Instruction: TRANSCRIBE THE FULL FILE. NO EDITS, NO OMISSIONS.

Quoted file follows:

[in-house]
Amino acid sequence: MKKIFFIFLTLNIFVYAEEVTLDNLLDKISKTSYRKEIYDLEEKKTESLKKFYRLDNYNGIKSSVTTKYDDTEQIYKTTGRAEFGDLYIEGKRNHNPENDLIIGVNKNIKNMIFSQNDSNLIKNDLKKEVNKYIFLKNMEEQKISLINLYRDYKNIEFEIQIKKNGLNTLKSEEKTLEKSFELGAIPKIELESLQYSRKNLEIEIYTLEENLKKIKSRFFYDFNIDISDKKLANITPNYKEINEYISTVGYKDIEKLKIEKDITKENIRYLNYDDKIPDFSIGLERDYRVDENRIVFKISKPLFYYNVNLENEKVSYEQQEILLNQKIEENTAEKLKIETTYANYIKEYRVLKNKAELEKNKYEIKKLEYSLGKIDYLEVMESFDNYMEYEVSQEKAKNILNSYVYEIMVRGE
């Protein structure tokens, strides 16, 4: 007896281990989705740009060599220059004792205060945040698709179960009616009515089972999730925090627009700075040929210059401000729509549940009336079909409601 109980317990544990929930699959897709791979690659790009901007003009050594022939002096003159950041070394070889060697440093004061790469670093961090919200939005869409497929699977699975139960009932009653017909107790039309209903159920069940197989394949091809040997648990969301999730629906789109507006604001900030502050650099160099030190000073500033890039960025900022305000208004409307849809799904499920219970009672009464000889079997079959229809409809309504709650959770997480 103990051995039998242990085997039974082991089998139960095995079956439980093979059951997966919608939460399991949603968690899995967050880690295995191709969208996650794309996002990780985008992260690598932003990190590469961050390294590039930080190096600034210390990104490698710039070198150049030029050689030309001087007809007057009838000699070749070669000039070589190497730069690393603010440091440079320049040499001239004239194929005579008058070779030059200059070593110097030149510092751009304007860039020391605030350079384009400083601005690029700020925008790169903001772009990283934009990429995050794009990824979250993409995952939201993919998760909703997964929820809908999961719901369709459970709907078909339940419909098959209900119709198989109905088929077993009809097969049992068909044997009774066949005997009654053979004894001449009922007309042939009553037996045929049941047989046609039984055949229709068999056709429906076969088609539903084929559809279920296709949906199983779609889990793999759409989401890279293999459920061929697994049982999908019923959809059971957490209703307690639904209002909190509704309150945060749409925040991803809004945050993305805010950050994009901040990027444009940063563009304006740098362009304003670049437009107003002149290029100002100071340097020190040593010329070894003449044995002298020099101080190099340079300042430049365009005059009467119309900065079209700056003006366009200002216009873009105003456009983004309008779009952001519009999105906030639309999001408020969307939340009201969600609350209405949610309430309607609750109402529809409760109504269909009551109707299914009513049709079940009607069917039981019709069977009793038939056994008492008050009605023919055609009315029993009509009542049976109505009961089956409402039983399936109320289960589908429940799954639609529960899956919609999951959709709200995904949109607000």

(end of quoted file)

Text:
[in-house]
Amino acid sequence: MKKIFFIFLTLNIFVYAEEVTLDNLLDKISKTSYRKEIYDLEEKKTESLKKFYRLDNYNGIKSSVTTKYDDTEQIYKTTGRAEFGDLYIEGKRNHNPENDLIIGVNKNIKNMIFSQNDSNLIKNDLKKEVNKYIFLKNMEEQKISLINLYRDYKNIEFEIQIKKNGLNTLKSEEKTLEKSFELGAIPKIELESLQYSRKNLEIEIYTLEENLKKIKSRFFYDFNIDISDKKLANITPNYKEINEYISTVGYKDIEKLKIEKDITKENIRYLNYDDKIPDFSIGLERDYRVDENRIVFKISKPLFYYNVNLENEKVSYEQQEILLNQKIEENTAEKLKIETTYANYIKEYRVLKNKAELEKNKYEIKKLEYSLGKIDYLEVMESFDNYMEYEVSQEKAKNILNSYVYEIMVRGE
């Protein structure tokens, strides 16, 4: 007896281990989705740009060599220059004792205060945040698709179960009616009515089972999730925090627009700075040929210059401000729509549940009336079909409601 109980317990544990929930699959897709791979690659790009901007003009050594022939002096003159950041070394070889060697440093004061790469670093961090919200939005869409497929699977699975139960009932009653017909107790039309209903159920069940197989394949091809040997648990969301999730629906789109507006604001900030502050650099160099030190000073500033890039960025900022305000208004409307849809799904499920219970009672009464000889079997079959229809409809309504709650959770997480 103990051995039998242990085997039974082991089998139960095995079956439980093979059951997966919608939460399991949603968690899995967050880690295995191709969208996650794309996002990780985008992260690598932003990190590469961050390294590039930080190096600034210390990104490698710039070198150049030029050689030309001087007809007057009838000699070749070669000039070589190497730069690393603010440091440079320049040499001239004239194929005579008058070779030059200059070593110097030149510092751009304007860039020391605030350079384009400083601005690029700020925008790169903001772009990283934009990429995050794009990824979250993409995952939201993919998760909703997964929820809908999961719901369709459970709907078909339940419909098959209900119709198989109905088929077993009809097969049992068909044997009774066949005997009654053979004894001449009922007309042939009553037996045929049941047989046609039984055949229709068999056709429906076969088609539903084929559809279920296709949906199983779609889990793999759409989401890279293999459920061929697994049982999908019923959809059971957490209703307690639904209002909190509704309150945060749409925040991803809004945050993305805010950050994009901040990027444009940063563009304006740098362009304003670049437009107003002149290029100002100071340097020190040593010329070894003449044995002298020099101080190099340079300042430049365009005059009467119309900065079209700056003006366009200002216009873009105003456009983004309008779009952001519009999105906030639309999001408020969307939340009201969600609350209405949610309430309607609750109402529809409760109504269909009551109707299914009513049709079940009607069917039981019709069977009793038939056994008492008050009605023919055609009315029993009509009542049976109505009961089956409402039983399936109320289960589908429940799954639609529960899956919609999951959709709200995904949109607000």